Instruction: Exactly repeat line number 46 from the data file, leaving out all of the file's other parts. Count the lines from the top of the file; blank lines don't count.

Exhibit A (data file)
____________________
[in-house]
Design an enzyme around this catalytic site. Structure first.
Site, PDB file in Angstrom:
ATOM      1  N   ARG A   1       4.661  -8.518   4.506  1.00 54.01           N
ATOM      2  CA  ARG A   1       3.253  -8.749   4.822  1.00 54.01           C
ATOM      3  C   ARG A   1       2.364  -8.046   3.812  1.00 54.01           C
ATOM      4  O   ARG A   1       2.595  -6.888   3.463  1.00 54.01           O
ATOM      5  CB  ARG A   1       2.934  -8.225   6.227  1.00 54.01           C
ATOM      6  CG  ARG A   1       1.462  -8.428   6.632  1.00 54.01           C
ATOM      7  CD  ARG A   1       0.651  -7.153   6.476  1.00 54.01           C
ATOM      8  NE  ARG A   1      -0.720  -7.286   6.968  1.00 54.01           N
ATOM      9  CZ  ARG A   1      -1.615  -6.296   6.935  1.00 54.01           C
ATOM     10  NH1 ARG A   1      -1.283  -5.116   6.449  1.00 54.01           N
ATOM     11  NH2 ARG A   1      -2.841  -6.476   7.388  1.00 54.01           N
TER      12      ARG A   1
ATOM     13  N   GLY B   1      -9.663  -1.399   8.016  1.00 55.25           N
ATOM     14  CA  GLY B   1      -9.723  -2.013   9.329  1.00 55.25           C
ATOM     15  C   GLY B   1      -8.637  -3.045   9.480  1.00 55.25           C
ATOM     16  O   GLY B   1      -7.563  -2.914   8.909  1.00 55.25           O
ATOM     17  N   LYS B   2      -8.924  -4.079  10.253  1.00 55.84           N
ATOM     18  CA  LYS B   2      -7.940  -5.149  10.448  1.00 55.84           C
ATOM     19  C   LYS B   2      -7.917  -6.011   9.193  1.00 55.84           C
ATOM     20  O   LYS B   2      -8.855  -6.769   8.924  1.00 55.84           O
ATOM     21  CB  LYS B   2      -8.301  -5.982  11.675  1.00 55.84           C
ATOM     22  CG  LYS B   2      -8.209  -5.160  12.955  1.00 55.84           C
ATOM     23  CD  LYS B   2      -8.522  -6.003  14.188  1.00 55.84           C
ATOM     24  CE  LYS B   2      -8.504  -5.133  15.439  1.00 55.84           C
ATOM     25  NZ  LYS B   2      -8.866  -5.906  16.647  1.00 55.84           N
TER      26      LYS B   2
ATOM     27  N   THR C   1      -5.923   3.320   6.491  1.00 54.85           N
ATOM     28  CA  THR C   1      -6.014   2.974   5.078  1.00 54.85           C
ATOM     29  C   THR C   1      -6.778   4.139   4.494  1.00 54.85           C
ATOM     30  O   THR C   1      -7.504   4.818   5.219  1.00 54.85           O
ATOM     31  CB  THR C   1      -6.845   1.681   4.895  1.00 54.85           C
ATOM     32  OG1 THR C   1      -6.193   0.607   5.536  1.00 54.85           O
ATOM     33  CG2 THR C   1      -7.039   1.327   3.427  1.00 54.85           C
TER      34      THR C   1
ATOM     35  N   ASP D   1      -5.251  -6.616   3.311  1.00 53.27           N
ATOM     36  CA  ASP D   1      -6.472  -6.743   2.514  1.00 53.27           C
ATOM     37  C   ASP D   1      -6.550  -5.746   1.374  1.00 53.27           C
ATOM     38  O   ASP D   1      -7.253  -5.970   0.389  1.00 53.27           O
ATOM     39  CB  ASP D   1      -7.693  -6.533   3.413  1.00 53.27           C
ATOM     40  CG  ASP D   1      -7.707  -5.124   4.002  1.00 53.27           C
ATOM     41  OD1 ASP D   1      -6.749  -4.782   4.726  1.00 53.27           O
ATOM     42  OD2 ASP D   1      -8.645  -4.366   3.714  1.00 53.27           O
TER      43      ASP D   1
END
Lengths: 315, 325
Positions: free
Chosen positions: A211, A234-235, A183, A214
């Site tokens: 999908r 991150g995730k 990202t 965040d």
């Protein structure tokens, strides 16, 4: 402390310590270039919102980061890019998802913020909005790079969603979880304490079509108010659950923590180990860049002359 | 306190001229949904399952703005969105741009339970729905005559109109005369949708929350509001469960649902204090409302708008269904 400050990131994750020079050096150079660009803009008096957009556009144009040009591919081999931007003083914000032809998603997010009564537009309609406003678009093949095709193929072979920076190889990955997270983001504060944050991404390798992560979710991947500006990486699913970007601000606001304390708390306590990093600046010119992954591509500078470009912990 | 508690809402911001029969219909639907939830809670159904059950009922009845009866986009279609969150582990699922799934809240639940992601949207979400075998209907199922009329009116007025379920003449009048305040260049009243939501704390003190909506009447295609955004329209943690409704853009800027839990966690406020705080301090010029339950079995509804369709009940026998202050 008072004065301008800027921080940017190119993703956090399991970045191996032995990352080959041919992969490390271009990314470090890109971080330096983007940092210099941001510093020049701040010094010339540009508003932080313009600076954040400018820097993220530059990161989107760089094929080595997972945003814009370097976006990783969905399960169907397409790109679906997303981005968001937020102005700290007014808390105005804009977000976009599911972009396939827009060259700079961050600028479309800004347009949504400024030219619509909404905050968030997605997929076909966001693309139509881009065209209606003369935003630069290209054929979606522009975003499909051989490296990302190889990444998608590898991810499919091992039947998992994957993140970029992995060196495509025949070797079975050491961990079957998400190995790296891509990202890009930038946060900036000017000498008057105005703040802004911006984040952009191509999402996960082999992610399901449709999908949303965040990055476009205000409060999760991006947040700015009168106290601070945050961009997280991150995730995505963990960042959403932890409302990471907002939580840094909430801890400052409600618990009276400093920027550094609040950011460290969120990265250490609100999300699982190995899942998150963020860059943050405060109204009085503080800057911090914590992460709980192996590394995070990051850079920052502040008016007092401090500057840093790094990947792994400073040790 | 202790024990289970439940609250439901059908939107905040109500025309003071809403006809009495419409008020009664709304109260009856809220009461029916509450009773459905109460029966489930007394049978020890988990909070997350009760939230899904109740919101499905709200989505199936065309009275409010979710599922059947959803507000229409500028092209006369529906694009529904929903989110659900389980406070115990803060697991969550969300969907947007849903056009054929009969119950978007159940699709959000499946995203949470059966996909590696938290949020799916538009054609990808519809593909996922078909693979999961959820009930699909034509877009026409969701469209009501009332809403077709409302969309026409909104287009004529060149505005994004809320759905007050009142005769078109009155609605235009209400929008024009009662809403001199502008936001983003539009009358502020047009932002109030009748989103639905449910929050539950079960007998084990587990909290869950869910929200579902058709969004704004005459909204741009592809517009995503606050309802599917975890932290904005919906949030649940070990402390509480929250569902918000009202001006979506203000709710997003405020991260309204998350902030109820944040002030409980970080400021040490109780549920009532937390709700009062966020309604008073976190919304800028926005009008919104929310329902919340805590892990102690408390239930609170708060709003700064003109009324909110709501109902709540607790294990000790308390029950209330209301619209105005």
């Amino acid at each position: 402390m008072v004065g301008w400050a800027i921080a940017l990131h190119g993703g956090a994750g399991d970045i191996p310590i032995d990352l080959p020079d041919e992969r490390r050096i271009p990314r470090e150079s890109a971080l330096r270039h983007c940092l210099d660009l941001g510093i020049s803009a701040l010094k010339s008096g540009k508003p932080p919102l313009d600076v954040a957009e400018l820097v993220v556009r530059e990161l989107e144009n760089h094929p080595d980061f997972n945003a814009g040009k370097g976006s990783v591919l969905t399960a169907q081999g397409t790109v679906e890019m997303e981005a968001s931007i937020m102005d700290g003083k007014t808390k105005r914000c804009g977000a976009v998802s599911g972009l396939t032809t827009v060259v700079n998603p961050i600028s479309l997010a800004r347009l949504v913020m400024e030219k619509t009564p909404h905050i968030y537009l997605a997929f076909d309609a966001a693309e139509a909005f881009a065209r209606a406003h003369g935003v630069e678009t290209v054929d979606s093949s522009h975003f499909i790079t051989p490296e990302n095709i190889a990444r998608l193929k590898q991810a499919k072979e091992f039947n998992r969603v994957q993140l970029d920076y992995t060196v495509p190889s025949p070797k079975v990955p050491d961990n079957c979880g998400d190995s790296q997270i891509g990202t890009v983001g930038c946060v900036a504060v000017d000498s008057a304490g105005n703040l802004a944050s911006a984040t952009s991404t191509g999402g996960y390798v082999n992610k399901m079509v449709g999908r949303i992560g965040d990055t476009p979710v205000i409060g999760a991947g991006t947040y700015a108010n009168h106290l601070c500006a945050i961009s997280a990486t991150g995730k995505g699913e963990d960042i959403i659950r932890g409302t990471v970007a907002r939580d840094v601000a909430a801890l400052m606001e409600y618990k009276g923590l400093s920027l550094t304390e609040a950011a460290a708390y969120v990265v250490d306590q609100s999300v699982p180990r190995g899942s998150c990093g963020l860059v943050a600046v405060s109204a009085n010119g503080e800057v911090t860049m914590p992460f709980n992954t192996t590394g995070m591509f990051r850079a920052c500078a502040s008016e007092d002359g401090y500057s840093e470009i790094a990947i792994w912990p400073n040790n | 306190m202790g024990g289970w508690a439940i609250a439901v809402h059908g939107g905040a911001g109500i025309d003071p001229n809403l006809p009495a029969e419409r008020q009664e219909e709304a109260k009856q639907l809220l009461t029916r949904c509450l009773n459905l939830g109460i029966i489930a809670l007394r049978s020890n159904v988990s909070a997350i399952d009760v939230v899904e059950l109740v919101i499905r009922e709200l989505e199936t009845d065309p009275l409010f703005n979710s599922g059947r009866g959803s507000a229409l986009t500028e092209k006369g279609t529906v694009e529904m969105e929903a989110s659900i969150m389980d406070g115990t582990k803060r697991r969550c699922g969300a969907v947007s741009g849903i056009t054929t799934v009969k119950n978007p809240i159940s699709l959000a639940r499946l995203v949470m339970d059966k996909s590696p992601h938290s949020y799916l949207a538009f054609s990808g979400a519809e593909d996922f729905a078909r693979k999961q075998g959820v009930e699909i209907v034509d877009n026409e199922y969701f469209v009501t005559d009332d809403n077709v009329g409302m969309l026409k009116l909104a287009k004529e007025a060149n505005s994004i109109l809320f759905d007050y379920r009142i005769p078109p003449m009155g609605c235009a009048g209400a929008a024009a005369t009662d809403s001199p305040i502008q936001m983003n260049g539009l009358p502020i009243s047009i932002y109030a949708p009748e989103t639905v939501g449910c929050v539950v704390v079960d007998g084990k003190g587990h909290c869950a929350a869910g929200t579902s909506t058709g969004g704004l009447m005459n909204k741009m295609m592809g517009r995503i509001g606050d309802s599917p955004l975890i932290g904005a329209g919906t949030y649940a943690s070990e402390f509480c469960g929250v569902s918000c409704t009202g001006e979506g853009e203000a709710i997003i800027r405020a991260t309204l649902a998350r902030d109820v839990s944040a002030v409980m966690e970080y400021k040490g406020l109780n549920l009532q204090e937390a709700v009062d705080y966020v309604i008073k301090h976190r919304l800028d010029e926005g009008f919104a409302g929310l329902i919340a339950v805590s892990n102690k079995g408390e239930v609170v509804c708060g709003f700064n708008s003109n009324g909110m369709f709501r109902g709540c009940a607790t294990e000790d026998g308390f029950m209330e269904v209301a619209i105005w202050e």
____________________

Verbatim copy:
TER      43      ASP D   1